UVM College of Medicine students share their thoughts with peers, mentors, family, and friends. Everything from what inspired them to choose a career in medicine, to their first-year experience, to fourth year rotations – the personal and the professional.
Written by Anonymous
“You work here?!” I nodded, a hint of a smile revealing my bemusement at his incredulity. “Well… probably not after this.” The other patients in the psych waiting area of the ER nodded in agreement. In my newly issued brown scrubs, stripped of my belongings, I was no longer a research coordinator at a top hospital, but rather one of them. And sadly, they believed being one of them meant you couldn’t be much else. I didn’t add that I was going to be a doctor, but in hindsight I wish I had.
Written by Neuroscience Graduate Student Stephanie Spohn
In today’s job market, many new Ph.Ds will have to find ways to communicate how their training and skills are obviously transferable to other types of work. The following are Nina’s “five skills that serve you outside the lab,” a list of things you probably have down pat if you’re in science, and “four more skills you can get,” a list of skills that you may not have yet, but you can certainly seek out.
Written by Tiffany Delaney, UVM College of Medicine Director of Diversity and Inclusion
“Everybody loves a parade.” I am certainly no exception to that old adage, and this past Sunday, September 12, I participated in the annual Pride Parade, hosted by the Pride Center of Vermont in downtown Burlington. This is my third year representing the University of Vermont College of Medicine Office of Diversity & Inclusion.
Written by Brian Till ’17
During the debate leading up to the vote, more than 100 students from the University of Vermont College of Medicine signed onto an opinion piece, published by Vermont Digger, advocating for a repeal of the philosophical exemption. Students and faculty also called legislators to discuss the issue and attended the final vote in Montpelier. Brian Till ’17, who organized the letter writing, answers some questions about how he became involved in the issue, and what he and his peers learned through their lobbying efforts.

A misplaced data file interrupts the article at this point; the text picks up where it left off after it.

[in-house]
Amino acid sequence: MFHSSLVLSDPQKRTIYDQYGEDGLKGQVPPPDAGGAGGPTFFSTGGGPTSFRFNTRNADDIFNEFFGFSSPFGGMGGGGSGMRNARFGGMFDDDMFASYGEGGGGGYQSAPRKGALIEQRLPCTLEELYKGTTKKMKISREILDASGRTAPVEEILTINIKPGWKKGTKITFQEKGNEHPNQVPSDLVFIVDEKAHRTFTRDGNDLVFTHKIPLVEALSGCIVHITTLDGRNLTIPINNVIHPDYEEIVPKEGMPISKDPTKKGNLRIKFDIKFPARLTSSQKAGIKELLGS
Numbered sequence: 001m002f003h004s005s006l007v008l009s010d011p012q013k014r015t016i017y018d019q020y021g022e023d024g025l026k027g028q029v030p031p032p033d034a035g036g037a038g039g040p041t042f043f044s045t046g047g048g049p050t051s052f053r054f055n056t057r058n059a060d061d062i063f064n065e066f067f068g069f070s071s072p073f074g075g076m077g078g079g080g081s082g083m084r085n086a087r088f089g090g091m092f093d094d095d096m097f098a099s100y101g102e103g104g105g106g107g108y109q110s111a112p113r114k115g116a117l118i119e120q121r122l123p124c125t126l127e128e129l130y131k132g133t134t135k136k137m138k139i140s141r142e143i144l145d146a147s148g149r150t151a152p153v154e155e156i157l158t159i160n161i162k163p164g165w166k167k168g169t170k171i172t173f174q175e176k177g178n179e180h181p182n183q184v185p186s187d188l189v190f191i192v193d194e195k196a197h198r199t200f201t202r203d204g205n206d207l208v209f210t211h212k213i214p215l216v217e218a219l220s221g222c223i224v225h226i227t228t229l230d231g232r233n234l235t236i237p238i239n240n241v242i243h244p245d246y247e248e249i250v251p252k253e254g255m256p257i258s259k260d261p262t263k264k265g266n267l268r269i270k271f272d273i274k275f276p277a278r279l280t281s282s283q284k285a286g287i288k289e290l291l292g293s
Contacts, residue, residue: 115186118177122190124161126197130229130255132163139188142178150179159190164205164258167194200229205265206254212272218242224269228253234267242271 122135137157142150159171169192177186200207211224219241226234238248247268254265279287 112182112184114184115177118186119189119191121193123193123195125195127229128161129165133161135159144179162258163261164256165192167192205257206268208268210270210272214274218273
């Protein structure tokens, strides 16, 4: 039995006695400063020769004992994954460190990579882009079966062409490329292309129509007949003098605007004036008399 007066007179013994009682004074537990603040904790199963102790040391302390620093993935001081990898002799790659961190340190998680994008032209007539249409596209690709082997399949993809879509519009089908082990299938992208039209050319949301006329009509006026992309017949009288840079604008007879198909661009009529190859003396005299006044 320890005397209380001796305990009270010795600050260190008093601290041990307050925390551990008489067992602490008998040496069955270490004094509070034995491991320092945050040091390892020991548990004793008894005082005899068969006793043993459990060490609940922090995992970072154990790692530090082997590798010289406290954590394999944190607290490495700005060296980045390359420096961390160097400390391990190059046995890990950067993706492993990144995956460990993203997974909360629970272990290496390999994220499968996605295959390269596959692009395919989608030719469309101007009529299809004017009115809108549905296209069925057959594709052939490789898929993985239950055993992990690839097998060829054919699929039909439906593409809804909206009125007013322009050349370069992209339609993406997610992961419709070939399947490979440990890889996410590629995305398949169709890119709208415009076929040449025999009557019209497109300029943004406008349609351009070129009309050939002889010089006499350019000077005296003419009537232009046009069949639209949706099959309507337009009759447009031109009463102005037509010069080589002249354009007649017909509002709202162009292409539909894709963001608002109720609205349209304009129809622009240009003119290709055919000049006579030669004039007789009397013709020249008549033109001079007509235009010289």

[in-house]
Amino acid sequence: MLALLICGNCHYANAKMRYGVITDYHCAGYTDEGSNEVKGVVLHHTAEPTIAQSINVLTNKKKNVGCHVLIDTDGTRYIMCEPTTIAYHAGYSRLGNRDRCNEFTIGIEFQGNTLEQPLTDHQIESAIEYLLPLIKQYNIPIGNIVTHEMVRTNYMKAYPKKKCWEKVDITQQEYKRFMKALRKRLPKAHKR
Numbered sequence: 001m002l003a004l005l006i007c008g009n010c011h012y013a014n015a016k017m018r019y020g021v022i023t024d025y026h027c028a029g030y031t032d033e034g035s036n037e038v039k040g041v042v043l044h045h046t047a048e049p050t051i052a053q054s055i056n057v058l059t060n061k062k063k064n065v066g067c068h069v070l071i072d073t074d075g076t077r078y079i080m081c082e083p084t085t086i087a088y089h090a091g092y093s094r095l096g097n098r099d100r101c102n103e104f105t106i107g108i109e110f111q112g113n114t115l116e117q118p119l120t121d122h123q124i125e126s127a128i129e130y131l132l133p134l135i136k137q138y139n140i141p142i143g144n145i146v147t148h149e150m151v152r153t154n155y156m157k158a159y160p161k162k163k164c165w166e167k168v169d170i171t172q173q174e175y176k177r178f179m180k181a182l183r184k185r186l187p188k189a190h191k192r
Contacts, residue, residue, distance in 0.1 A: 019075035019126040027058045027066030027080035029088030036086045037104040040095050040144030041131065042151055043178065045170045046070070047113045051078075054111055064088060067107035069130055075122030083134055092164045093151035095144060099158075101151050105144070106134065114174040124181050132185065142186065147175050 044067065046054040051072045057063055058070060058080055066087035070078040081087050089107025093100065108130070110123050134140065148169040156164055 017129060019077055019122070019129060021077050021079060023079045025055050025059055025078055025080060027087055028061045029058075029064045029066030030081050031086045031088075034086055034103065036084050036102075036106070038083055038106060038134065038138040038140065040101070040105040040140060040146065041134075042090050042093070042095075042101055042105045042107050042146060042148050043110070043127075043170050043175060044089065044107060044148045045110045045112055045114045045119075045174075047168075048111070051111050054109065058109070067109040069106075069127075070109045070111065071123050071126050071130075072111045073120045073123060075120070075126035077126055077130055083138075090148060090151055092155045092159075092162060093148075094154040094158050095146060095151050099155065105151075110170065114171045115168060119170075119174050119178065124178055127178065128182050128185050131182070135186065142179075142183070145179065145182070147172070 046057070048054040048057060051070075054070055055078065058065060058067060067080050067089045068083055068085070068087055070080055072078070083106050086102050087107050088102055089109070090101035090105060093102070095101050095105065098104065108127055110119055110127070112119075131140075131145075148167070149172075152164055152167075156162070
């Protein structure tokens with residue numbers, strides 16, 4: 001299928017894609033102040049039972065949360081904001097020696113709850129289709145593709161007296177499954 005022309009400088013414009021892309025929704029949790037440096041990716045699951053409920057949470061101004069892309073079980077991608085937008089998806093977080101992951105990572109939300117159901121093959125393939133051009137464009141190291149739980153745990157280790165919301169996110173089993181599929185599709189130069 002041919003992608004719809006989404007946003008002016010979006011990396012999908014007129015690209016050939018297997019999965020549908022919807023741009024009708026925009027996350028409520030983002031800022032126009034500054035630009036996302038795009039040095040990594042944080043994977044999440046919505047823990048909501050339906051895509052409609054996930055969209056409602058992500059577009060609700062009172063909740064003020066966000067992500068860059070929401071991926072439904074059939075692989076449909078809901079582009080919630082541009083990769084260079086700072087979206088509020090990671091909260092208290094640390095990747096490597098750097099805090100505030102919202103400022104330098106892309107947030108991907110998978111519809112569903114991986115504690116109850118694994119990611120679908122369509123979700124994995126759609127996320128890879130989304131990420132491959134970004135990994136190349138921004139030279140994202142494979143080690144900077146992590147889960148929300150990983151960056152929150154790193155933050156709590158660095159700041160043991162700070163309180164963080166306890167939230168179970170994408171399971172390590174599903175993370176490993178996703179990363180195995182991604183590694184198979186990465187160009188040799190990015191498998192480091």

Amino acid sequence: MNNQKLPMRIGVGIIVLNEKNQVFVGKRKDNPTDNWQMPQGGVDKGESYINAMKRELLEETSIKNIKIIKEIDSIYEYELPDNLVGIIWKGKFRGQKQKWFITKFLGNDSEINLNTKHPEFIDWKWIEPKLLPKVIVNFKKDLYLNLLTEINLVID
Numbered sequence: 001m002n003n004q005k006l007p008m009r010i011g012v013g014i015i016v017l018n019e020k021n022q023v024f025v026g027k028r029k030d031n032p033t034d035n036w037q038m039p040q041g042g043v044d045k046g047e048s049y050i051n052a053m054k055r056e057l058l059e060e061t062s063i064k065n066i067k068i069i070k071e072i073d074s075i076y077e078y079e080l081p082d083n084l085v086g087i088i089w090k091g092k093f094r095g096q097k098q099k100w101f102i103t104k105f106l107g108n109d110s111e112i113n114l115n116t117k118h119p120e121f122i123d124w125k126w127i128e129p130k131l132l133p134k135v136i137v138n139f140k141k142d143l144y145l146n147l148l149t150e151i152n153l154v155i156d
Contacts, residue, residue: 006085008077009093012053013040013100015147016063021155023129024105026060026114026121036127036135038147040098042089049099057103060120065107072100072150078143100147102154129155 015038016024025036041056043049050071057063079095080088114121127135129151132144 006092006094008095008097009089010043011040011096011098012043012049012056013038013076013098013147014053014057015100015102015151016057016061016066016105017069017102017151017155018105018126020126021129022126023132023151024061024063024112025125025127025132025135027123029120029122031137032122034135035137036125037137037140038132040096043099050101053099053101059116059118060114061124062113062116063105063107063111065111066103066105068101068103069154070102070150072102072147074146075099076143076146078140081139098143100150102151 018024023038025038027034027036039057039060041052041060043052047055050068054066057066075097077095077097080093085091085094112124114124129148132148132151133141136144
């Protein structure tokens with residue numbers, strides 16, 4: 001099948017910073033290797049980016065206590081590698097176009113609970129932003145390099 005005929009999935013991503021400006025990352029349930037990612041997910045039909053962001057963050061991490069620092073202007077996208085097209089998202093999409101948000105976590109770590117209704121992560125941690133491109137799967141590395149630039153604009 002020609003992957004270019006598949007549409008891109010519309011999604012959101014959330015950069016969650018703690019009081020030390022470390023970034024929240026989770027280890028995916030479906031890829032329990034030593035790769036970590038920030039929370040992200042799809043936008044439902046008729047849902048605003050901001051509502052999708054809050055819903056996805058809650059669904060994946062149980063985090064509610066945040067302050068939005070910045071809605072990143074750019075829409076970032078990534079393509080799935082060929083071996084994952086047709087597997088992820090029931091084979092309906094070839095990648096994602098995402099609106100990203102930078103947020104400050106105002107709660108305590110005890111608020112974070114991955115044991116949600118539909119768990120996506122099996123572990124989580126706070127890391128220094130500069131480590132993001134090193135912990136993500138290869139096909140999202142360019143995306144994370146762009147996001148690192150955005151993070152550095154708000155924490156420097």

Written by Maggie Graham ’18
It’s hard to believe that a year has passed since starting medical school. Seeing all of the new faces of the first year students on campus takes me back to what it felt like to start this journey, and how that has changed in one year. Only a few weeks before beginning medical school, I had moved with my family (wife and three kids) from Iowa to Vermont. We were in the midst of adjusting to a new city, new house, new elementary school, and new daily life.
Written by Meredith King
Meg Klepack’s path to medical school might have seemed obvious. The daughter of a family doctor and a former nurse, coming from a long line of physicians on her mother’s side, Klepack seemed destined for medicine. But she never saw herself as a doctor, in part because she admired her father so much. “He’s up on a pedestal in my mind,” she says. Instead, after graduating from Cornell with a degree in natural resource management in 2004, she followed her interest in politics and the environment. It took nine years for her to end up right back where she started: surrounded by doctors and nurses. In January 2013, she began the University of Vermont’s Post-Baccalaureate Premedical Program.
Written by Jessica Chao, M.D.’12
My four years of medical school were some of the best years of my life. I adored my friends and classmates; I fell in love with the state of Vermont, and I learned all the neuroscience I could ask for. There were endless opportunities to explore our interests both within and outside of medicine. We dedicated hours to memorizing the brachial plexus and to bettering our understanding of renal physiology, and after each exam we threw some unforgettable parties.